Paul Taffanel

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Extract from Paul Taffanel and the Construction of the French Flute School by Dorothy Glick. It was Paul Taffanel’s vast and intricate involvement in all aspects of the French musical world that resulted in his being considered the “Father of the French Flute School”. From his work as the premier flautist on all of Paris’ major orchestra’s and, later, as the chief conductor, to his work as a teacher and Professor at the Paris Conservatoire. Taffanel’s appreciation and avocation of both old wind repertoire and contemporary works lead to the acceptance of many new pieces to be accepted by the Paris Conservatoire. Beginning in 1897, the Paris Conservatoire began, under the encouragement of Taffanel, commissioning pieces of repertoire that expanded…show more content…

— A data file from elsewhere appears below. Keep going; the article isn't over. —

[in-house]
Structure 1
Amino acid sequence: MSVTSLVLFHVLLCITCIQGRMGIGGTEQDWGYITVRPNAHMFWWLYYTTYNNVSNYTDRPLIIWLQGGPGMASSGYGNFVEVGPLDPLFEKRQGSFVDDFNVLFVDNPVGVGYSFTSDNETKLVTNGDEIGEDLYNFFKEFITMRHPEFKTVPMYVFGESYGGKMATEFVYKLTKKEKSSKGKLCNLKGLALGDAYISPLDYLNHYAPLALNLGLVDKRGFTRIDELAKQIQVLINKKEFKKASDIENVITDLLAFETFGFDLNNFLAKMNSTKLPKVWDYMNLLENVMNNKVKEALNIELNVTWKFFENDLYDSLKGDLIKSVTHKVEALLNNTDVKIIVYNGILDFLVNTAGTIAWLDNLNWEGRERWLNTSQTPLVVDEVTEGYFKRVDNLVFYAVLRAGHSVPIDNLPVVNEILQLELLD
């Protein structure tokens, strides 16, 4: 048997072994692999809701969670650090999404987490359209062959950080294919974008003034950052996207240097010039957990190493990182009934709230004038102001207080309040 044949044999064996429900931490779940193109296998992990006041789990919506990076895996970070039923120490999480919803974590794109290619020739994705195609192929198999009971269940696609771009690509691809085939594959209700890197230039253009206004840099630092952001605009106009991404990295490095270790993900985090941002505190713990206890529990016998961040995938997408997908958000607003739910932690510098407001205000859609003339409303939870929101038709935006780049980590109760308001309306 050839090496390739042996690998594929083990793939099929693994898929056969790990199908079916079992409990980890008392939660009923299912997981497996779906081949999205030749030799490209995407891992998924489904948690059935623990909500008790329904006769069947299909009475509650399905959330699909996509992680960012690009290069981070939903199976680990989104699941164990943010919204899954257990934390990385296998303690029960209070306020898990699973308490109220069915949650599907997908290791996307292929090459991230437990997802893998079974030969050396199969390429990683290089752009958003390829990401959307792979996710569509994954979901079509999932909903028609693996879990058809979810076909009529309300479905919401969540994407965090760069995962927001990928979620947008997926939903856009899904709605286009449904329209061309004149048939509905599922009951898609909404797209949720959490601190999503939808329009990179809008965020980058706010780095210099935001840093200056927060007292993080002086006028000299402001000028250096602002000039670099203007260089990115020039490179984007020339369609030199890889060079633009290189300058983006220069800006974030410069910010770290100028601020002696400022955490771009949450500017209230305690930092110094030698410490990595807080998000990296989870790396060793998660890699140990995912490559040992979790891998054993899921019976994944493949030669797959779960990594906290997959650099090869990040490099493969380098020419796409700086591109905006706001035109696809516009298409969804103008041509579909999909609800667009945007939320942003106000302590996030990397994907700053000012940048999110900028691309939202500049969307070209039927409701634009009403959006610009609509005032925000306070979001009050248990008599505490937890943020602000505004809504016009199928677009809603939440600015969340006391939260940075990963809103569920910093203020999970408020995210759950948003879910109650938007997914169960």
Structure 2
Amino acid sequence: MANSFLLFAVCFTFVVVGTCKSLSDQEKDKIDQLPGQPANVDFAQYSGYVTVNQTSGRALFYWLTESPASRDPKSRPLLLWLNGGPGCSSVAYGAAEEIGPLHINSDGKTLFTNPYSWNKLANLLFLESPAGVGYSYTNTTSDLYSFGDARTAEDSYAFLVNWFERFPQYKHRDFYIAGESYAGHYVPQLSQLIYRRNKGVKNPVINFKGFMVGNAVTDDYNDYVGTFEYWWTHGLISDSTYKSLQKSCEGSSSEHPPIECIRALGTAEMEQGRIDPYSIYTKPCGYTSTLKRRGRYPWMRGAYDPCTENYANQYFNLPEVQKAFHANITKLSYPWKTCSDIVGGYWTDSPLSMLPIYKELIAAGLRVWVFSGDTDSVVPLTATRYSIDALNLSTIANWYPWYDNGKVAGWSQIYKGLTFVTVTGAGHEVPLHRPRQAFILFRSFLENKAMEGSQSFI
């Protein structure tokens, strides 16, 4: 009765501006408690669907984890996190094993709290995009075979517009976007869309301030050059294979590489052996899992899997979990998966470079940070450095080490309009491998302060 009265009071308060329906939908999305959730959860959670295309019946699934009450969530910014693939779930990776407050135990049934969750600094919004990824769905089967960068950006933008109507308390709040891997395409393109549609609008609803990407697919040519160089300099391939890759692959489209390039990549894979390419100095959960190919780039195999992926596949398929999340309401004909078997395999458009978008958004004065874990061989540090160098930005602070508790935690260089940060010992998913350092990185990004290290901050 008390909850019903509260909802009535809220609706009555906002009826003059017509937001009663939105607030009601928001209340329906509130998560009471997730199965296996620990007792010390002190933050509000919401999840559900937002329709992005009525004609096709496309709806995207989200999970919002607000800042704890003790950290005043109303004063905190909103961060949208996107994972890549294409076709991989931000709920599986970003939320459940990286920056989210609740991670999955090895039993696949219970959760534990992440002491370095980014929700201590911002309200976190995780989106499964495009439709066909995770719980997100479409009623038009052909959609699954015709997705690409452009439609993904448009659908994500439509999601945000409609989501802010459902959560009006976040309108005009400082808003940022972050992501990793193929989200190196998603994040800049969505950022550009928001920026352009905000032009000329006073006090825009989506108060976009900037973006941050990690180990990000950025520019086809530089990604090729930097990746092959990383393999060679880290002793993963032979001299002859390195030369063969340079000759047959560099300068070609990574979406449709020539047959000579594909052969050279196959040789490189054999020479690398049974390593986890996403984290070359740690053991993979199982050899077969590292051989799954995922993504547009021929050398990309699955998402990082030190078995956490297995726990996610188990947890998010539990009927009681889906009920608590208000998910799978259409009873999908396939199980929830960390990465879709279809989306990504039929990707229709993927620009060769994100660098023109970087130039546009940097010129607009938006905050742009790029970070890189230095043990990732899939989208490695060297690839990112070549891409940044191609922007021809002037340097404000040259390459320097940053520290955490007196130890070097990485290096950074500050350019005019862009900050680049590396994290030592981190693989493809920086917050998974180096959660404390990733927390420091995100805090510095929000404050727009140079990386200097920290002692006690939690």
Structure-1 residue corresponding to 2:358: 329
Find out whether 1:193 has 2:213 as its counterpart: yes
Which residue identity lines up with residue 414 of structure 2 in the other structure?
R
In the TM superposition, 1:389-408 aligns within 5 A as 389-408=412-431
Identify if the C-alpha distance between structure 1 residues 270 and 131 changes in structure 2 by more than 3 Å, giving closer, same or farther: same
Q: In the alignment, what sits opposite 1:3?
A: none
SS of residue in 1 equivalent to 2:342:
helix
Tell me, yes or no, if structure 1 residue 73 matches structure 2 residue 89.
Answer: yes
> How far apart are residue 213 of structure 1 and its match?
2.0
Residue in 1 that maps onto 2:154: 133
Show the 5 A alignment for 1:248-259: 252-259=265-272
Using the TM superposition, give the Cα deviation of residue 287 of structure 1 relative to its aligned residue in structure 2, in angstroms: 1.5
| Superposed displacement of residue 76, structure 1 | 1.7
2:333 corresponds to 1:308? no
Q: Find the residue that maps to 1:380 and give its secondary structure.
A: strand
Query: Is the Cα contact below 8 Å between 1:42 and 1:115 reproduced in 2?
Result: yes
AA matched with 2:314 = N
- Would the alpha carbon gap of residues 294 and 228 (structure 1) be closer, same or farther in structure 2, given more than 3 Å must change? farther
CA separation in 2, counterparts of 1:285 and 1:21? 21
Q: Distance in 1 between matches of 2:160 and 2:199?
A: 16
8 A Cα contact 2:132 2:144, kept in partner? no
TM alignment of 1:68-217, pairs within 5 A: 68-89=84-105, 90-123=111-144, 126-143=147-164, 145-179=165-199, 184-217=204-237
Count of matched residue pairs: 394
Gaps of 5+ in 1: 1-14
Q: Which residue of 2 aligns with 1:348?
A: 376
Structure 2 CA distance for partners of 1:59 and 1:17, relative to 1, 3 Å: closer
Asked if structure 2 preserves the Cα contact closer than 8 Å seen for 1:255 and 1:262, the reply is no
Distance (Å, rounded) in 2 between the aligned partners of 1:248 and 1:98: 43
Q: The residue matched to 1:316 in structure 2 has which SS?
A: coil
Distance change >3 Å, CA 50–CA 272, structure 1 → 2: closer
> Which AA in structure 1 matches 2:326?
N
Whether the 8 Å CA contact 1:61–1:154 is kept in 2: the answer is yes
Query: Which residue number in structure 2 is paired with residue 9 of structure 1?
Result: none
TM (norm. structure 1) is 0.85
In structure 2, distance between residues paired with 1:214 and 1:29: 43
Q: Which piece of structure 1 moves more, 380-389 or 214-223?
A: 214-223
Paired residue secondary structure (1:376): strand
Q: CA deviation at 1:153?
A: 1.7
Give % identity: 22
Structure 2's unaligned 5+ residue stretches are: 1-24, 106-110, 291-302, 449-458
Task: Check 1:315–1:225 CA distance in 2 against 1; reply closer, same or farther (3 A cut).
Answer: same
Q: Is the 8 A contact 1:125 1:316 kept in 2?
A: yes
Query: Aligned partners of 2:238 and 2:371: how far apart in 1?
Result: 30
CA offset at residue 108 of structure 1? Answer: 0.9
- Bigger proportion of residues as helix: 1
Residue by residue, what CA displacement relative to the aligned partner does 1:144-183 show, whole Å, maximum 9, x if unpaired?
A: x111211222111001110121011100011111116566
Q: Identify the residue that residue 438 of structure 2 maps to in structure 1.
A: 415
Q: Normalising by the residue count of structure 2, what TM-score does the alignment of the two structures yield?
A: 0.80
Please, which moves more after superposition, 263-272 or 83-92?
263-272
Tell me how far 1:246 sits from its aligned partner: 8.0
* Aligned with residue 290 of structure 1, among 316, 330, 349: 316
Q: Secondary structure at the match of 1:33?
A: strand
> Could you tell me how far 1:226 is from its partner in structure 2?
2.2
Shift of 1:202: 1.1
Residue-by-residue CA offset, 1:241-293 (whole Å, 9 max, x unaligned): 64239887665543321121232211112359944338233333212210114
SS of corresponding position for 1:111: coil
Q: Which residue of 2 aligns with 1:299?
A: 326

Taffanel believed that the ideal tone was created through “purity of line, charm, deep feeling and heartfelt sincerity”, by the flautist, to convey the true meaning and depth of the piece. When regarding vibrato, while it was subservient to the use of tone in a performance, had to be as natural and complementary to the piece as possible, instead of forced upon the piece or predetermined by the musician. By encouraging one-on-one lessons and personalised teaching with his students Taffanel also improved the quality of teaching methods inside the Paris Conservatory, a method in which most flute lessons are taught in today. In the French Flute School lessons were given in the form of a group class, this meant that students could be exposed to more pieces and styles than ever before. The value of watching and learning from others only increased the skills and quality of the students leaving the Conservatoire. Paul Taffanel was also widely recognised as a composer and arranged pieces such as Der Freischütz by Carl Maria von Weber. Paul Taffanel died in 1908, leaving behind the well-established modern French Flute School. Taffanel’s teaching is still in use today, with his emphasis on the quality of sound and technique. His students furthered his work throughout the world and as a result the French style of playing, perfected by Taffanel himself, is the most widely accepted and taught way of playing the flute. His true legacy can be seen in the quality and variety of the compositions dedicated to him, including Fauré’s Fantasia, the Widor Suite and Enescu’s
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